Obadiah – written between 586 and 553 B.C.E. and makes a reference to a calamitous event, most likely the fall of Jerusalem – his audience was the people of Judah and his topic was a warning about the Edomites (the descendants of Esau) along with a message of deliverance and restoration through repentance – the name “Obadiah” means “Servant of Yahweh” and was likely not the real name of the prophet
Jonah – is a controversial book in that scholars do not agree on whether it is history or fiction – it was written either between 770 and 750 B.C.E. or after the exile – his audience (if written in the 8th century) was Israel, the northern kingdom – the message is repentance with the themes of God’s sovereignty, God’s compassion and mercy, and mission
Micah – written between 740-710 B.C.E. – the audience was primarily the southern kingdom of Judah but also the northern in that his message was aimed at wealthy and greedy landowners who supported a corrupt political system – his message of judgment against oppressors of all kinds, justice and restoration is seen in the citation on our cafeteria wall
Nahum – written between 663 and 609 B.C.E. – his audience is the people of Nineveh (Assyrian capital) and Judah – the Ninevehites have evidently forgotten the reprieve which Jonah won them 100 years before as they are back at their faithless practices – his message is one of judgment and deliverance for the faithful
Habakkuk – written between 610 and 605 B.C.E. as a dialog between God and his people – addressed to the people of Judah – the message is justice and faith as he was concerned about the people’s idolatrous behavior and their indifference to God and social injustice
Zephaniah – written between 635 and 630 B.C.E. – the message is of God’s looming judgment but also hope in restoration – his audience was principally the people of Judah.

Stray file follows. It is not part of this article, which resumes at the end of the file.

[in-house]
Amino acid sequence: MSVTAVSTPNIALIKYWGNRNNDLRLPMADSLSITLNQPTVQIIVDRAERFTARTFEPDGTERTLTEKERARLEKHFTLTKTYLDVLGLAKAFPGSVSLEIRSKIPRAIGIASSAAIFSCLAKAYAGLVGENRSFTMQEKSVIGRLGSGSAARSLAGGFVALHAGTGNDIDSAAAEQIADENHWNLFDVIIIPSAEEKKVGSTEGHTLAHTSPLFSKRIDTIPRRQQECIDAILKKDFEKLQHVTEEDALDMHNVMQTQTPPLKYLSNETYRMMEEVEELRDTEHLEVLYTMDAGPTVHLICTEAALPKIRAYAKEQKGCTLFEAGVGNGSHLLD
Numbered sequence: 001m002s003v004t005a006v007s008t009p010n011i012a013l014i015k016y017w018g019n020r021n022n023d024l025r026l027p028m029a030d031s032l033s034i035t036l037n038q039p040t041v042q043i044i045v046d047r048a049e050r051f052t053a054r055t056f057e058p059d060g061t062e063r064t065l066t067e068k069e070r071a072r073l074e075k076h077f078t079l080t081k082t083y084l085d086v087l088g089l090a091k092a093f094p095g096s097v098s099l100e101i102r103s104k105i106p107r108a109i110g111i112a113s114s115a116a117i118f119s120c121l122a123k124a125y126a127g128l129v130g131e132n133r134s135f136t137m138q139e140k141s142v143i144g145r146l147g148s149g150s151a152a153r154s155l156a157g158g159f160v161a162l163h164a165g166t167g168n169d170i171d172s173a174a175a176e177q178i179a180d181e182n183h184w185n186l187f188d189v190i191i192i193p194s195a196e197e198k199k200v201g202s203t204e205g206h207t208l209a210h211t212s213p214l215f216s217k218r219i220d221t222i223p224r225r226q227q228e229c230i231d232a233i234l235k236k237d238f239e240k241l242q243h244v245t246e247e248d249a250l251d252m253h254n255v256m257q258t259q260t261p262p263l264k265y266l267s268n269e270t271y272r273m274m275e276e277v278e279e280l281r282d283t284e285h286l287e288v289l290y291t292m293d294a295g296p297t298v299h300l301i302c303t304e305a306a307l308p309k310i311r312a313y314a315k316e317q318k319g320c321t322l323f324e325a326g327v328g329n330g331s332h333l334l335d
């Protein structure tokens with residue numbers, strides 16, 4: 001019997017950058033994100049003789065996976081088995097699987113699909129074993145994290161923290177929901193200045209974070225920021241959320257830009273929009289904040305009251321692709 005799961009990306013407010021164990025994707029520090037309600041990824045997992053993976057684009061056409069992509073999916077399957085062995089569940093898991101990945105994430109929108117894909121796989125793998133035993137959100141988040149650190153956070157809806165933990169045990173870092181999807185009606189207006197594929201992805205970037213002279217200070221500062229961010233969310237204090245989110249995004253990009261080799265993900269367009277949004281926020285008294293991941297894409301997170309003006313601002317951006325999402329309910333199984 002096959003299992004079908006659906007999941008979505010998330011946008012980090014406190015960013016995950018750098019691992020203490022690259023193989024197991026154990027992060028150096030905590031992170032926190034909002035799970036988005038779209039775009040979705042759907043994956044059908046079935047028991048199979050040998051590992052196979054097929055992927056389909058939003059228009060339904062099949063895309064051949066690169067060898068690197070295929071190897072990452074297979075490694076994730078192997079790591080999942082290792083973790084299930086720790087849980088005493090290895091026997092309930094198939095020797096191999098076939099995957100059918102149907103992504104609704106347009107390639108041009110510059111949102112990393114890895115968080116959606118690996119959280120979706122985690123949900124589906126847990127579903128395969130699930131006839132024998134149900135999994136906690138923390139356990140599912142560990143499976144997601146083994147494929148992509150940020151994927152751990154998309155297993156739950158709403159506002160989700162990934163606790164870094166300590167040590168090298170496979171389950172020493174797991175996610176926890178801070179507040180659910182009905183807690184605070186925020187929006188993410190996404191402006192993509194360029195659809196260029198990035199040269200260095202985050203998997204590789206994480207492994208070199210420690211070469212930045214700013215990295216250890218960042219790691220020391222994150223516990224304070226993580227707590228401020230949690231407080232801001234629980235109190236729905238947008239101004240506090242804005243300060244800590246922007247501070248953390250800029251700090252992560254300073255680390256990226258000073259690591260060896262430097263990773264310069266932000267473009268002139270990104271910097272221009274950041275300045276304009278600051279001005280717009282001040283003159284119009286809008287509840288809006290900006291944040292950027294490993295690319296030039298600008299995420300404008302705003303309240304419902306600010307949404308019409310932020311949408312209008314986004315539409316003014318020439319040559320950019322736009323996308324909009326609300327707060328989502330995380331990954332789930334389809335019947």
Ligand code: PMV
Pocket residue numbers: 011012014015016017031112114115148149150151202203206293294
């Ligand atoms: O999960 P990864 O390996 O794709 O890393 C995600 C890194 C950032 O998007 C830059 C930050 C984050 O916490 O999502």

Haggai – written in 520 B.C.E. between the months of August and December – this prophet cleared dated his work and named himself – his audience was the Jews who had returned from exile to rebuild the temple in Jerusalem – his message encourages and exhorts them to complete their rebuilding project – his themes are priorities and obedience
Zechariah – this book was written around 520 B.C.E. perhaps in two parts: the first 8 chapters when the prophet was a young man, the latter part when he had grown – he was likely a friend of Haggai and so his audience is also the Jews who struggled to rebuild Jerusalem and his message is about the future, both the near future which they worry about and the distant future through which Yahweh will guide them
It is so clear that God constantly calls us to respond to his call of repentance, obedience and service. He asks us to be good and faithful servants, and so we pray . . .
Merciful and Loving God, we are so grateful for your patience, your mercy and your fidelity. Grace us with your wisdom and love. Restore us with your healing power after this our exile. May we abide with you as you abide with us. Amen.
ARCHAEOLOGICAL STUDY BIBLE (NIV). Grand Rapids, Michigan: Zondervan, 2005.